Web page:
More significantly, the Games also provided the Nazi dictator with a stage on which he could promote his party’s ideals of racial supremacy and antisemitism.

German Jewish athletes were prevented from participating in the Games after the official Nazi Party paper, the Völkischer Beobachter, declared that Jews and Blacks should be barred.

The previous Games in Los Angeles, mounted amid the Great Depression, were said to have turned a US$1-million profit. Hitler was bound and determined to outdo the Americans.

He commissioned a new 100,000-seat track-and-field stadium along with six gymnasiums and other smaller arenas. The 131-hectare sports complex, located about eight kilometres west of Berlin, cost 42 million Reichsmarks (about US$375M today). They were the first Games to be televised and radio broadcasts reached 41 countries.

One of history’s most talented, innovative and controversial filmmakers, Leni Riefenstahl, was paid $7 million by the German Olympic Committee to film a pioneering four-hour documentary, Olympia, on the Games.

By the time the Games were held, German Jews had lost citizenship and were banned from universities and many fields of work, their businesses boycotted and vandalized. They were regularly harassed in the streets, and worse.

The persecution and violence would escalate until, finally, in 1941, the Nazis implemented the “Final Solution,” a euphemism for the systematic extermination of Europe’s Jewish population.

The president of Germany’s Olympic committee, Dr. Theodor Lewald, was dismissed after it was discovered his paternal grandmother was Jewish. He was replaced by Hans von Tschammer und Osten, a high-ranking member of the SA, or  Sturmabteilung, the Nazi Party’s original paramilitary wing.

In one of his first acts as committee president, Osten declared the German Olympic team would be Aryans-only. Some of the banned athletes were world-class in their fields, including tennis star Daniel Prenn and boxer Erich Seelig.

Prenn, Seelig and other German athletes left the country to pursue their careers abroad. Prenn played tennis in England; Seelig moved to the U.S.

The Nazis also disqualified Romani people, including Germany’s middleweight boxing champion, Johann Trollmann.

U.S. Olympic Committee president Avery Brundage initially supported a boycott of the Berlin Games, then changed his mind after visiting Nazi Germany.
The bans were condemned internationally as violations of the Olympic code of equality and fair play, contrary to its spirit of tolerance and goodwill among nations.

The Amateur Athletic Union doubled down on its call for a boycott after Brundage announced on Sept. 26, 1934, that the U.S. Olympic Committee had officially accepted the invitation to participate in Berlin.

The union’s leader, Jeremiah Mahoney, said U.S. participation in the Games meant nothing less than “giving American moral and financial support to the Nazi regime, which is opposed to all that Americans hold dearest.”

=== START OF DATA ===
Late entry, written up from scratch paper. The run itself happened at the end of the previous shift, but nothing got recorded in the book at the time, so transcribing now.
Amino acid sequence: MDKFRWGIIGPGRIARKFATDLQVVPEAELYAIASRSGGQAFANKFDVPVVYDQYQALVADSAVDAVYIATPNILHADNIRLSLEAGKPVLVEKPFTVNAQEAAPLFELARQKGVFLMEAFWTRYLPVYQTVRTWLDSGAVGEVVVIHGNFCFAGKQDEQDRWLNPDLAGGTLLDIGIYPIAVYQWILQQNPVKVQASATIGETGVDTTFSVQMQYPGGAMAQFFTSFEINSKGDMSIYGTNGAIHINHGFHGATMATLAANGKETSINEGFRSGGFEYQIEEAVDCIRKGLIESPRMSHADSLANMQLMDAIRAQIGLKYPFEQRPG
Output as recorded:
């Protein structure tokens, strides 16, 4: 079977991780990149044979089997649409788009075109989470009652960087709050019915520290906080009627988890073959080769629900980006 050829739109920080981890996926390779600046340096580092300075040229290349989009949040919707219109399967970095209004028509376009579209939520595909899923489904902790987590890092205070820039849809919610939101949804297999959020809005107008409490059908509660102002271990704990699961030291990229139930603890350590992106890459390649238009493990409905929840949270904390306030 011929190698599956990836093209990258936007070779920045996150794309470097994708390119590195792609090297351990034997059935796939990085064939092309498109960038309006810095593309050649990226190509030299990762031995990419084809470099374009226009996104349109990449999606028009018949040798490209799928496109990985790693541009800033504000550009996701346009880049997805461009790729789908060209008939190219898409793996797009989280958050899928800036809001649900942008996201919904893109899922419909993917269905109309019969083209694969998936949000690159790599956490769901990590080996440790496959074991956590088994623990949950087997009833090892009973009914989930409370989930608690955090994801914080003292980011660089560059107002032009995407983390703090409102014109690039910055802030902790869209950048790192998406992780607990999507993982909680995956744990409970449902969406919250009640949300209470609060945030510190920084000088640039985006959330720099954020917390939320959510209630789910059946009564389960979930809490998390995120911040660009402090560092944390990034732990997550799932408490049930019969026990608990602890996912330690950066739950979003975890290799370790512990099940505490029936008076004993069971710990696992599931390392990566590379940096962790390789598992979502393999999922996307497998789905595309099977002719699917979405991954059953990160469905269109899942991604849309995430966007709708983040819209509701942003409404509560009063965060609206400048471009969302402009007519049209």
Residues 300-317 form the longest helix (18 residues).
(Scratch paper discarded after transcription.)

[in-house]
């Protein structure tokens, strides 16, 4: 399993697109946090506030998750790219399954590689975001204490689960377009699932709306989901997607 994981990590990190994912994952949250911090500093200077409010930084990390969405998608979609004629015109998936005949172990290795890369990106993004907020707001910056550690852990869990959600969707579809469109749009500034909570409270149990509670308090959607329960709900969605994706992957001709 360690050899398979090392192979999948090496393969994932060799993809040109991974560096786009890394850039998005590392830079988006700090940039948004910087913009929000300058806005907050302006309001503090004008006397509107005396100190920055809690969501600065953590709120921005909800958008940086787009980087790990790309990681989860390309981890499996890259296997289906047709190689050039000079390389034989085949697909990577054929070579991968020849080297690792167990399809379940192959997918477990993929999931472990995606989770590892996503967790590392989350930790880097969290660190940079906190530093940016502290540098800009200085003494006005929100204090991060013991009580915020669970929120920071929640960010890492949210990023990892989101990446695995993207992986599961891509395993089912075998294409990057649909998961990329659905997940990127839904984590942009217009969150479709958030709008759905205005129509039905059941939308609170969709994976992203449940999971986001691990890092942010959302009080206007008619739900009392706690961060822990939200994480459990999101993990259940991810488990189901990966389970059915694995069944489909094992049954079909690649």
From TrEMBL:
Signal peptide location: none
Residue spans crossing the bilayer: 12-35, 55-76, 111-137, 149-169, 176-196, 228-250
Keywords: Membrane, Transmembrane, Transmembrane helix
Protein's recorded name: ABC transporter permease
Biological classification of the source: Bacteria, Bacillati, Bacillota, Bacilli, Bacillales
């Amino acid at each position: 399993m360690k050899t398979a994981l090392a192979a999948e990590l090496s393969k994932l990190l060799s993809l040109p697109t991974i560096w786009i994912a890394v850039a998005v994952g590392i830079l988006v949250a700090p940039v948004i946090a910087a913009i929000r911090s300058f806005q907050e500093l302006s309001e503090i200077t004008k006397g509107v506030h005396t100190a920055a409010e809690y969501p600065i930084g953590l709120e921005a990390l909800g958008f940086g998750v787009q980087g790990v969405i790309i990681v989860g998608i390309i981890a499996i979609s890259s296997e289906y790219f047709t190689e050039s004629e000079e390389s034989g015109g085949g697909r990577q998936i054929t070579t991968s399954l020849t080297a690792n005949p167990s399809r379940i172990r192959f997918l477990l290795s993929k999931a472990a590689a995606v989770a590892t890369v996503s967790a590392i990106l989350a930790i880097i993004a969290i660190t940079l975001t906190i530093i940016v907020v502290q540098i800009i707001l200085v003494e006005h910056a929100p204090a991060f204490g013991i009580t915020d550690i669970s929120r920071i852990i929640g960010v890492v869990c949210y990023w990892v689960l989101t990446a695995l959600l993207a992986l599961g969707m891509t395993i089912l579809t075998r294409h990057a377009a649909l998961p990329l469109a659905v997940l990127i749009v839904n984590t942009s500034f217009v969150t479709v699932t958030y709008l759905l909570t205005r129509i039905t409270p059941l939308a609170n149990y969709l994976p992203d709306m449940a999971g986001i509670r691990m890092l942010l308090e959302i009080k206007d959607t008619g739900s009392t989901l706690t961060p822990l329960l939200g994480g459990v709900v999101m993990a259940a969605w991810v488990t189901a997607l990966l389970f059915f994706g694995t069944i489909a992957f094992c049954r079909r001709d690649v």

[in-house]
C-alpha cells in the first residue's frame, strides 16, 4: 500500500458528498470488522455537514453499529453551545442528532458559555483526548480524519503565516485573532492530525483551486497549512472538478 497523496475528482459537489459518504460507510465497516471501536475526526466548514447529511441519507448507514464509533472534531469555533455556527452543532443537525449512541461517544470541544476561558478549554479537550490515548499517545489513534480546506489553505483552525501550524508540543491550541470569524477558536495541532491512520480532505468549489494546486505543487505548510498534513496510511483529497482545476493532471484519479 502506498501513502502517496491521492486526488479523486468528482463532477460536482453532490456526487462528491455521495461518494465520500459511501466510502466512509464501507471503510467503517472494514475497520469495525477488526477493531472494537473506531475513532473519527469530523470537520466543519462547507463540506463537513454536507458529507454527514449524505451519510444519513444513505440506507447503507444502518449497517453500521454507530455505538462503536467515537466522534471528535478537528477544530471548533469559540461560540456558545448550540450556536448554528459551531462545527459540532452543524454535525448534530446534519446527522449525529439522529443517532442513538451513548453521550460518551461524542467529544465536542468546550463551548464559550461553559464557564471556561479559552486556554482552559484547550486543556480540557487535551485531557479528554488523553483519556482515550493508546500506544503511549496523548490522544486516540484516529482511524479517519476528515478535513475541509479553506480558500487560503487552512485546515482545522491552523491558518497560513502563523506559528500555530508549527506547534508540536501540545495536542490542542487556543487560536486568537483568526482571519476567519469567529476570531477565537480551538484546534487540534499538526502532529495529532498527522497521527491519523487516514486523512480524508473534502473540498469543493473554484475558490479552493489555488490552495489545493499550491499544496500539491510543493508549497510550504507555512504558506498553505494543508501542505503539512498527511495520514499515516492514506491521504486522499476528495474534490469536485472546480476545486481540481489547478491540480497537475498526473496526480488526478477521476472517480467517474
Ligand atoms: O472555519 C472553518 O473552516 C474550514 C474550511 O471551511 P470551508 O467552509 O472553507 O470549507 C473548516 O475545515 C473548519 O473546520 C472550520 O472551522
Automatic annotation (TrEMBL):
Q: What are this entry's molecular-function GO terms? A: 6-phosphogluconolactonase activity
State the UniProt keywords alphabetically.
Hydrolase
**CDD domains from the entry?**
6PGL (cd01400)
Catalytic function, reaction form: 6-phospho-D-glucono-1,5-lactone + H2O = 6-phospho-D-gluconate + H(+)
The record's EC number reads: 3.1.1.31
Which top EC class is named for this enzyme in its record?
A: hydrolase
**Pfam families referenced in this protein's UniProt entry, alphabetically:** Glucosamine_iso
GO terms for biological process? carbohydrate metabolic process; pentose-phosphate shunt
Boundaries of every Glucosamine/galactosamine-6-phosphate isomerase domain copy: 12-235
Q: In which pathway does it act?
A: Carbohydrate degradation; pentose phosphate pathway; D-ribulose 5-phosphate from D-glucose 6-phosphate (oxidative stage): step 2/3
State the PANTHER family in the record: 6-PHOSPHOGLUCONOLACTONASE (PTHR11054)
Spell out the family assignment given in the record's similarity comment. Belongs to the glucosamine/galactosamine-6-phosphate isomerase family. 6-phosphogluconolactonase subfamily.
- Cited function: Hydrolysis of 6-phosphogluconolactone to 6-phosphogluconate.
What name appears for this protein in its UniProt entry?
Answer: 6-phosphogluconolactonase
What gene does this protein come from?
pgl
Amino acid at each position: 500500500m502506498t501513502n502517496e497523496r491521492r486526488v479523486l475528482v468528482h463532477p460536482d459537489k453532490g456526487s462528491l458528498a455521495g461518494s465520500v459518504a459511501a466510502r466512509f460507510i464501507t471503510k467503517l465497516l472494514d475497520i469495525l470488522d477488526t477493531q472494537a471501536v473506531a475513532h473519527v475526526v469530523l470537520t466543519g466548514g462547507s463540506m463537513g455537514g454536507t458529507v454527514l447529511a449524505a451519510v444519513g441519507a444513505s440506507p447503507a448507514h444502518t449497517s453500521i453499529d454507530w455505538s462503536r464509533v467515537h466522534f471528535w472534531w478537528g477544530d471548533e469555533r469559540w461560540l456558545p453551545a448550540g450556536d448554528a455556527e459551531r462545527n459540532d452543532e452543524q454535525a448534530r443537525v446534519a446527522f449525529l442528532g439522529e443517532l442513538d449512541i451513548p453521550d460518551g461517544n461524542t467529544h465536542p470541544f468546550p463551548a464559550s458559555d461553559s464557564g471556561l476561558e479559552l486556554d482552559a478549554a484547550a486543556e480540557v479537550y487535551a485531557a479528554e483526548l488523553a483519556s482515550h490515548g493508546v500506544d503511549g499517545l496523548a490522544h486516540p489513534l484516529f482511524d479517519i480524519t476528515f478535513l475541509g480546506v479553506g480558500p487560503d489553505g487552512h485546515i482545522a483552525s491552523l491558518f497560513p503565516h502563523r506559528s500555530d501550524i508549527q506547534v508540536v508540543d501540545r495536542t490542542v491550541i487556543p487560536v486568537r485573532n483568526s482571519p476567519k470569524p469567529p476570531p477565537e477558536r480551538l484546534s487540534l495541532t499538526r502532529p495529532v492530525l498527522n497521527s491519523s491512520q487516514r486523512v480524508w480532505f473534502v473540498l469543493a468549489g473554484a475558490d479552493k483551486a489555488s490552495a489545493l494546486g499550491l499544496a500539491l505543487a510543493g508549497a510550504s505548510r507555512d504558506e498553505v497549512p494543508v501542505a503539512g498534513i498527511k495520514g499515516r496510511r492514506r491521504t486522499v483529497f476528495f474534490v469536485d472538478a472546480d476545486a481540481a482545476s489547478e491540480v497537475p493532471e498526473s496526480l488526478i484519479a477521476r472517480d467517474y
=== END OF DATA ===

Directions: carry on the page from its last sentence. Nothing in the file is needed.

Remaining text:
American Jewish and Christian leaders, along with liberal politicians, 41 college presidents and dozens of trade union leaders demanded Olympic and economic boycotts of Nazi Germany.

But this was the same America that would host a Nazi rally in 1939, sold out to a crowd of 20,000 at Madison Square Garden in New York. Held two days before George Washington’s birthday, the rally stage featured a huge portrait of America’s Revolutionary War hero and first president flanked by swastikas.

Brundage pooh-poohed the critics, claiming the Olympics were meant for “athletes not politicians.” He swayed the perspective of numerous U.S. athletes and, when the Amateur Athletic Union took its final vote on Dec. 8, 1935, the proposal to boycott was defeated, barely.

The 1936 U.S. Olympic team was the largest fielded by the country at the time, with 312 athletes, including 19 African Americans and five Jews. Glickman and Stoller’s coach informed them at the last minute that they would be replaced. Glickman later speculated Brundage, to avoid upsetting Hitler, was behind the decision.

The international pressure had gained such momentum that the Nazis allowed a part-Jewish athlete, 1928 fencing gold medalist Helene Mayer, to return to the German Olympic team. She won silver in Berlin. Theodor Lewald, also of Jewish descent, was appointed an “adviser” to the Reich’s Olympic organizing committee.

The Nazis assured the IOC that Black athletes would be treated well in Germany, and reluctantly agreed to let foreign Jews participate. Numerous Jewish athletes from the U.S., Canada, Austria and France nevertheless withdrew in protest.

“To the surprise of his top aides Hitler became genuinely interested in the various sporting matches and took great delight in every German victory.”